Condé Nast Traveler’s rundown of the 23 Best Places To Go in 2023 includes British Columbia, the province, which took a proud second place, starring in Netflix’s recently released documentary, Island of the Sea Wolves.
This year, a global gathering of experts helped devise the magazine’s list, and BC has surely earned its prominent position, its pristine rivers and forests (Vancouver Island’s Campbell River the ideal spot to catch sight of the salmon run, one of the world’s most breathtaking migrations) and wealth of authentic First Nations experiences, setting it apart.
The Haida people of Haida Gwaii (described as the Galapagos of the North), received a specific mention, their home in the Pacific Ocean, located 80 nautical miles from British Columbia. Somewhat legendary, the Haida remained relatively isolated from the mainland for 12,000 years.
Haida Gwaii, a swathe of more than 150 islands, is blessed with a remarkable number of habitats, species (many endemic, including a unique subspecies of black bear) and ecosystems, everything squeezed into an archipelago of 3,930 square miles.
Only accessible by boat or plane, the setting is ideal for reflection and mindful reconnection; hiking, forest bathing and backroad expeditions enjoyed with Haida guides and watchmen who provide a living link to their rich cultural heritage.
Sticking fervently to their principle of taking only what is needed and living in harmony with the land and the ocean over thousands of years, the Haida philosophy is timely, especially with our world tackling climate change. Explore Haida history and customs at Hadai House. Set along the banks of the Tlell River, the resort which is owned by the Haida, recently opened new longhouse-style oceanfront cabins.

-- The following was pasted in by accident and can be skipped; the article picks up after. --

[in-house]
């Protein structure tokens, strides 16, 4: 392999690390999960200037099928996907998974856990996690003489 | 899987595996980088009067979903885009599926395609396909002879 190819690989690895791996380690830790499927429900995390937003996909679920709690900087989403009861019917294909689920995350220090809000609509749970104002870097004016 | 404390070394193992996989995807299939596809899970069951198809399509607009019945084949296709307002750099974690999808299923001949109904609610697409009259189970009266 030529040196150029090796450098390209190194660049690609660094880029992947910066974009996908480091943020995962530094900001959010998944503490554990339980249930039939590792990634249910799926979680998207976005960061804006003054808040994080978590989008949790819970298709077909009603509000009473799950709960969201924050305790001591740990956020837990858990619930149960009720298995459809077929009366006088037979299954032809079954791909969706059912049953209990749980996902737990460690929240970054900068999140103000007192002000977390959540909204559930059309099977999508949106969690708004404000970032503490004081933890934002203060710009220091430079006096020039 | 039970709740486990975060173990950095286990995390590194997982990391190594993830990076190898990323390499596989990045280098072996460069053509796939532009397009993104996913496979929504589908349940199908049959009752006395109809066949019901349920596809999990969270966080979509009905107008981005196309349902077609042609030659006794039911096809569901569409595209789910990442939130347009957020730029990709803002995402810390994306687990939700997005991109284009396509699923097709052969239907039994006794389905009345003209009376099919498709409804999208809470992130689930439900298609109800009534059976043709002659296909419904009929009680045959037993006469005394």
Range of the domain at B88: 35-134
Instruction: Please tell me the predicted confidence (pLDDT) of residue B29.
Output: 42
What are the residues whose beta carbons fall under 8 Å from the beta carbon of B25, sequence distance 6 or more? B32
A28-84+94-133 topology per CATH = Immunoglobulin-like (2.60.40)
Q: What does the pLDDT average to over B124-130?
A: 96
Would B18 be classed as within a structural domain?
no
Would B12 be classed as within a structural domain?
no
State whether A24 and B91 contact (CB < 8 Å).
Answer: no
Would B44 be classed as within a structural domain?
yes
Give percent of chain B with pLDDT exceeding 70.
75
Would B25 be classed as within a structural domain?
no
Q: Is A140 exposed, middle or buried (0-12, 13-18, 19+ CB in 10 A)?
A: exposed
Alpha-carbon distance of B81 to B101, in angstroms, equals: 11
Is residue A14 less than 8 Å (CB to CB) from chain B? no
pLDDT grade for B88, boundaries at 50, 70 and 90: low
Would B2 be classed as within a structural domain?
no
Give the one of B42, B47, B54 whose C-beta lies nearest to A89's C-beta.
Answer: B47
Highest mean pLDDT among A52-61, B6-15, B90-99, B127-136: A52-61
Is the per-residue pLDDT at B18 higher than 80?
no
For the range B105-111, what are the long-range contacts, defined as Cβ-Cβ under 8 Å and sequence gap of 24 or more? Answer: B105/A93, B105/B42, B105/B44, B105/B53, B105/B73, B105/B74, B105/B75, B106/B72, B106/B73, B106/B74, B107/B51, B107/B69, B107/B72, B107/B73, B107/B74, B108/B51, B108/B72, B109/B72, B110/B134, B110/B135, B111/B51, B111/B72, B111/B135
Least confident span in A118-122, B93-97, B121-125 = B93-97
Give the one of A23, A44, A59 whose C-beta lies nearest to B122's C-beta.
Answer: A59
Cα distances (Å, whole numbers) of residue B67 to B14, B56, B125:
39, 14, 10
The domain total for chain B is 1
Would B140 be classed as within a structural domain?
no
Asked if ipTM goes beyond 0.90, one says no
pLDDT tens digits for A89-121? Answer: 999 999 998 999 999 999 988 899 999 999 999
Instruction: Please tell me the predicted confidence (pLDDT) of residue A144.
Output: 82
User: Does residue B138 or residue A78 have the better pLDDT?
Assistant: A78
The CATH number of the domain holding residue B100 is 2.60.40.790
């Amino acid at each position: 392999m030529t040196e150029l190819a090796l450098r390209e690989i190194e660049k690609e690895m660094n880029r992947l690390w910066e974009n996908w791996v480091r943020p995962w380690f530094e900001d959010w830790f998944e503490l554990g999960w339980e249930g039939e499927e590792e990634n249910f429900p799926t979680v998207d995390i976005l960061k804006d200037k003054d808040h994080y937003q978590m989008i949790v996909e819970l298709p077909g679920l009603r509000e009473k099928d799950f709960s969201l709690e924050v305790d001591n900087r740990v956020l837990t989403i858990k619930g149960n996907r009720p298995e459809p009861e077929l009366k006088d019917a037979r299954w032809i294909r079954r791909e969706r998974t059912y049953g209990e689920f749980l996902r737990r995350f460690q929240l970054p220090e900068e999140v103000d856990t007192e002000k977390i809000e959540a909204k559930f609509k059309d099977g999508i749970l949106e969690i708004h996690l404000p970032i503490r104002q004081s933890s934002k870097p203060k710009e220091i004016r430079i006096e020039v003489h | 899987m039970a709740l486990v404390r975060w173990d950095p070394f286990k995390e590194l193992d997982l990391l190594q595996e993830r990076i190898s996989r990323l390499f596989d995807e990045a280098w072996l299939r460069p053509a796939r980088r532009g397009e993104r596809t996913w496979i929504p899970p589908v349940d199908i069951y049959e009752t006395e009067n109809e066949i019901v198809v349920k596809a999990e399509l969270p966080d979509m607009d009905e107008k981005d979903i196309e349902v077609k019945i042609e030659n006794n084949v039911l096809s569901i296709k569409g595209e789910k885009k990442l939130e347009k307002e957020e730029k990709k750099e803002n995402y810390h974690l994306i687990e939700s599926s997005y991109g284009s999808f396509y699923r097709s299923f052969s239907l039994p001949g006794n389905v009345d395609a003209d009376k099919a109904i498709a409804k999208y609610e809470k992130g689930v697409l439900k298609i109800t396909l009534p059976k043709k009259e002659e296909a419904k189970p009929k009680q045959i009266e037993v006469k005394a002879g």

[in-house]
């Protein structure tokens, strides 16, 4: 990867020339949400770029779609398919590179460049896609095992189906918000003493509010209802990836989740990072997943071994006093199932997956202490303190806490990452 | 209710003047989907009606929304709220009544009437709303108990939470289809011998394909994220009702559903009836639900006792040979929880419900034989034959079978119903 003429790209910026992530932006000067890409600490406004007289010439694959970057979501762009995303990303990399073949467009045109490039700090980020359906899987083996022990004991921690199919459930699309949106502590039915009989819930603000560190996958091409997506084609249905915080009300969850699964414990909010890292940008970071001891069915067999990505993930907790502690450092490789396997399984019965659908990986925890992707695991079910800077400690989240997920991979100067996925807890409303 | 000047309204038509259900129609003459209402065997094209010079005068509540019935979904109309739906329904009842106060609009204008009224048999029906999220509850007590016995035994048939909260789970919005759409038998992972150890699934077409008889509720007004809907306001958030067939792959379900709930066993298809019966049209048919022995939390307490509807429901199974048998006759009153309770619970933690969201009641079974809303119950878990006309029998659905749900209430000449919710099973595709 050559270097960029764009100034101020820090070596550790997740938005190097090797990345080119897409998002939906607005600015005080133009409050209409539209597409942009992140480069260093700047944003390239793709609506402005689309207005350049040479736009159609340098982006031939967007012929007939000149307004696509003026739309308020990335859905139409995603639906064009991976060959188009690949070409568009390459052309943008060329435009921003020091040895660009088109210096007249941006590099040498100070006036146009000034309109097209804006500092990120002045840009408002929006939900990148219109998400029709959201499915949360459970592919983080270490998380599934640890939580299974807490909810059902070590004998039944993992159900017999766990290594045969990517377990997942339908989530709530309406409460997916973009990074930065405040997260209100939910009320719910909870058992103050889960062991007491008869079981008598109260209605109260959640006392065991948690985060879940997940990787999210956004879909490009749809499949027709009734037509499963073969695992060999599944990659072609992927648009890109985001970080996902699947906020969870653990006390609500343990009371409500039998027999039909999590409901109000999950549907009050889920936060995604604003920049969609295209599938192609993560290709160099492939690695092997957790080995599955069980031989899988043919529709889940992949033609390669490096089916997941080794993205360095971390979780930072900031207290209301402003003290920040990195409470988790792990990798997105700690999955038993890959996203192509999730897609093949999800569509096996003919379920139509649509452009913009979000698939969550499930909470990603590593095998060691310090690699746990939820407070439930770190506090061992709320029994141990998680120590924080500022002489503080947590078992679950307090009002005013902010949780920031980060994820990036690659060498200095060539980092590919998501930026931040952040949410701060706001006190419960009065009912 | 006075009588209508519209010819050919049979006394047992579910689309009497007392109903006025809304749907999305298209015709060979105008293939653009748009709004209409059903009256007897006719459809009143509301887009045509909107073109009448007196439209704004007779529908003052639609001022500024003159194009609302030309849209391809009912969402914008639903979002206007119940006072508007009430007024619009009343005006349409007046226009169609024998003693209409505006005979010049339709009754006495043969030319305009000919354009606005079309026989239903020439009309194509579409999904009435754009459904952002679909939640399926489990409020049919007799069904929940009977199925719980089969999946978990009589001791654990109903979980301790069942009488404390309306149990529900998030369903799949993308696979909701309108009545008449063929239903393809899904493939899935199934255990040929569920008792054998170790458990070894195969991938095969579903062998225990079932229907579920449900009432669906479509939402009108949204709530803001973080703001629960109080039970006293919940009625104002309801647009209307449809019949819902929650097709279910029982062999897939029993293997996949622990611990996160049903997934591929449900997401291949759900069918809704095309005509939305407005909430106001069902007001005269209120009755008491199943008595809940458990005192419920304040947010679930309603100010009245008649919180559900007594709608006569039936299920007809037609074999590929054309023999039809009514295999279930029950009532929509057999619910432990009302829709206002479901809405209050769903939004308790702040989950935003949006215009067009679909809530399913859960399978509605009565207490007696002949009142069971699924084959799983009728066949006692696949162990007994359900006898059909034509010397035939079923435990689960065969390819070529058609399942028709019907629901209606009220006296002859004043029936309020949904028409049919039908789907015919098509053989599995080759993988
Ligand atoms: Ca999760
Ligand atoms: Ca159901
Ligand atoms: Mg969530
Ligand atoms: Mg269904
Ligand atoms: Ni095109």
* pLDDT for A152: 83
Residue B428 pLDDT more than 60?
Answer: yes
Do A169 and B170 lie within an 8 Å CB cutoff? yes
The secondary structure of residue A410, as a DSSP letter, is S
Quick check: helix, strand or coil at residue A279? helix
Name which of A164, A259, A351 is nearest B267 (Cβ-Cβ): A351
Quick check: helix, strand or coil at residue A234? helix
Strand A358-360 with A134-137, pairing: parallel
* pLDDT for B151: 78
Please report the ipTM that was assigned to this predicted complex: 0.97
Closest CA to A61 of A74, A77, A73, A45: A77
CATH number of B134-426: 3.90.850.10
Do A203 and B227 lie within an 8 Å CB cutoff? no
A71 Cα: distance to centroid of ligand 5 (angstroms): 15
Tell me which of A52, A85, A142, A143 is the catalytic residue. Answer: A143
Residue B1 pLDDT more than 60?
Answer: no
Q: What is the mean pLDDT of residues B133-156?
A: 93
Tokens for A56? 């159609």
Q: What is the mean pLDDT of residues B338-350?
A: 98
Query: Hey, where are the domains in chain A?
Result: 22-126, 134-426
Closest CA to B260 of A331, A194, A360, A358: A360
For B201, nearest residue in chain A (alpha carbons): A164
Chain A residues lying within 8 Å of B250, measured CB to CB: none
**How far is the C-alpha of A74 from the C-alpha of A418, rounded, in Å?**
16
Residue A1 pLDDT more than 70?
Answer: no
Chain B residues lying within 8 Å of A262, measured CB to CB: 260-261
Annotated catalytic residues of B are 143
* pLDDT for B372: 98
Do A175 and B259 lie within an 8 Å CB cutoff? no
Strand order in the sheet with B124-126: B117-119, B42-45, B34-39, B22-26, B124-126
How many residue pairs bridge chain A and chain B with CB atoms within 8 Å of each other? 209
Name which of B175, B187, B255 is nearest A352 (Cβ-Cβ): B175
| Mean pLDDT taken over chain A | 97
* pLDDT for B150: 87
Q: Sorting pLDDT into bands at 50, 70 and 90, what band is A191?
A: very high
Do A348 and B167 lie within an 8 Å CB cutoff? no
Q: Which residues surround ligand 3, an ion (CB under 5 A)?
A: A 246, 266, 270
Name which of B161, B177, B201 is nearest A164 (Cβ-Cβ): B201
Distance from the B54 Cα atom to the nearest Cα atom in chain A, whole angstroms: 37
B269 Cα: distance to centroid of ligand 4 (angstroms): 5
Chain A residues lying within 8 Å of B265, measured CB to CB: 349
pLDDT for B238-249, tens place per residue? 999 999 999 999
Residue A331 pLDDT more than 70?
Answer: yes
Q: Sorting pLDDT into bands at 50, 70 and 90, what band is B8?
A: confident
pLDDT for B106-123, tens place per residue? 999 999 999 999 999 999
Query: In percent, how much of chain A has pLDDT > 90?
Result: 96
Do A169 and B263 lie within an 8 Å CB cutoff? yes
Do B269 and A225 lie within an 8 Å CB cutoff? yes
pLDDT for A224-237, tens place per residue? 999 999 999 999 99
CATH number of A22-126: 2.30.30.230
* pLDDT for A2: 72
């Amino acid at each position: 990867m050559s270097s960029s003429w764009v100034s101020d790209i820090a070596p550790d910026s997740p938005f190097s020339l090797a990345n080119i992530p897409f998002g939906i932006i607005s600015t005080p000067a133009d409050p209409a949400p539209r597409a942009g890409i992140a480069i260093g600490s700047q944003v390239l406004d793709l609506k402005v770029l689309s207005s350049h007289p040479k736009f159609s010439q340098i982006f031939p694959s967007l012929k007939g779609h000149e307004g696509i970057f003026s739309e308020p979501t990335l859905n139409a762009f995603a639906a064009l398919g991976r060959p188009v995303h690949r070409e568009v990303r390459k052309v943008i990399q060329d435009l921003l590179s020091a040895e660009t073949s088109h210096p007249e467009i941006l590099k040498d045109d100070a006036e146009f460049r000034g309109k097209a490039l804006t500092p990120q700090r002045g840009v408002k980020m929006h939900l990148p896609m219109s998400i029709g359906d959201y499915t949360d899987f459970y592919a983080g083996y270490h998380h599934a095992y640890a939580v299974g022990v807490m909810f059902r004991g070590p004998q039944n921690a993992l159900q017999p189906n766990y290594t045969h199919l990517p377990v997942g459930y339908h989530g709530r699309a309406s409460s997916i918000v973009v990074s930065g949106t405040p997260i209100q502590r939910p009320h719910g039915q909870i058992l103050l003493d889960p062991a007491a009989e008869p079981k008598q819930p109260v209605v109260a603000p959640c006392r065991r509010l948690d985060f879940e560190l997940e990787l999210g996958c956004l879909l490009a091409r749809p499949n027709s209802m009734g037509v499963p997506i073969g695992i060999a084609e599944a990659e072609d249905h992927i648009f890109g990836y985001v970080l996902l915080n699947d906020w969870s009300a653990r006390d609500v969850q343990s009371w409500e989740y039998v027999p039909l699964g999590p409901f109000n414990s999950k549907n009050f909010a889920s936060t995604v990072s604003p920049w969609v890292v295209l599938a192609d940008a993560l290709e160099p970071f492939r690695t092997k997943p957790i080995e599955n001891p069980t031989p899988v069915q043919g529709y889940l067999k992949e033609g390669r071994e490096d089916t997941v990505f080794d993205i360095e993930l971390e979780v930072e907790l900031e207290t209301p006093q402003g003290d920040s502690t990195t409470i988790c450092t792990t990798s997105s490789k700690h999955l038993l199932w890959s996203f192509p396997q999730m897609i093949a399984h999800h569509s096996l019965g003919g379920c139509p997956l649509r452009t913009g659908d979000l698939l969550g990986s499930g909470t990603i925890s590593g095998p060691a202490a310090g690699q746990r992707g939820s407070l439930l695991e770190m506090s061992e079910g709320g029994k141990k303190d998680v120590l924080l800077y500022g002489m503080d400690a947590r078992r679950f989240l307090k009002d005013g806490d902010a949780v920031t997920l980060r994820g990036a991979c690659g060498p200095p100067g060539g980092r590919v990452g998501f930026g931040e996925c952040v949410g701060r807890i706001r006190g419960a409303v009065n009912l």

British Columbia also scored a spot on Travel Lemming’s list of 50 Best Places To Travel To In 2023, the online travel guide noting the stunning town of Squamish: “the mountain village an hour north of Vancouver brimming with natural beauty.”
Located off the scenic Sea to Sky Highway (one of Canada’s ultimate road trips), this once rural backwater is now an international rock climbing hotspot with mountain biking, hiking and the Sea to Sky Gondola on offer to adventure travellers.
Alberta: Discovering Wellness With The First Nations
On National Geographic’s list of 25 Breathtaking Places & Experiences For 2023, Alberta was highlighted under the category of community, the province, embracing Indigenous tourism.
The most populous and widely distributed Indigenous peoples in Canada, today the Cree are spread across a number of provinces from Alberta to Quebec. For thousands of years, their ancestors were thinly spread over much of the woodland area that they still occupy, the Boreal Forest, just outside of Banff, home to the Cree Iroquois First Nations people, the location for the Medicine Walk.
A deep dive into this wooded world will leave you with a fascinating insight into a culture that reveres nature, with countless digestive tonics, vitamin infused plants and herbal remedies gathered from the earth as you go.
An opportunity to foster a closer relationship with the Cree Iroquois and to reconnect with the world around us, the walk teaches valuable lessons. From the practical application of the trees, plants and flowers to the significance of the wildlife, the Bear having deep spiritual significance to the Cree, this is a story from authentic Canada.
For more information on the holidays we offer at Frontier Canada, and to book, call us on 020 8776 8709 or email us at email@example.com. ATOL PROTECTED No 5405 ABTA W3207.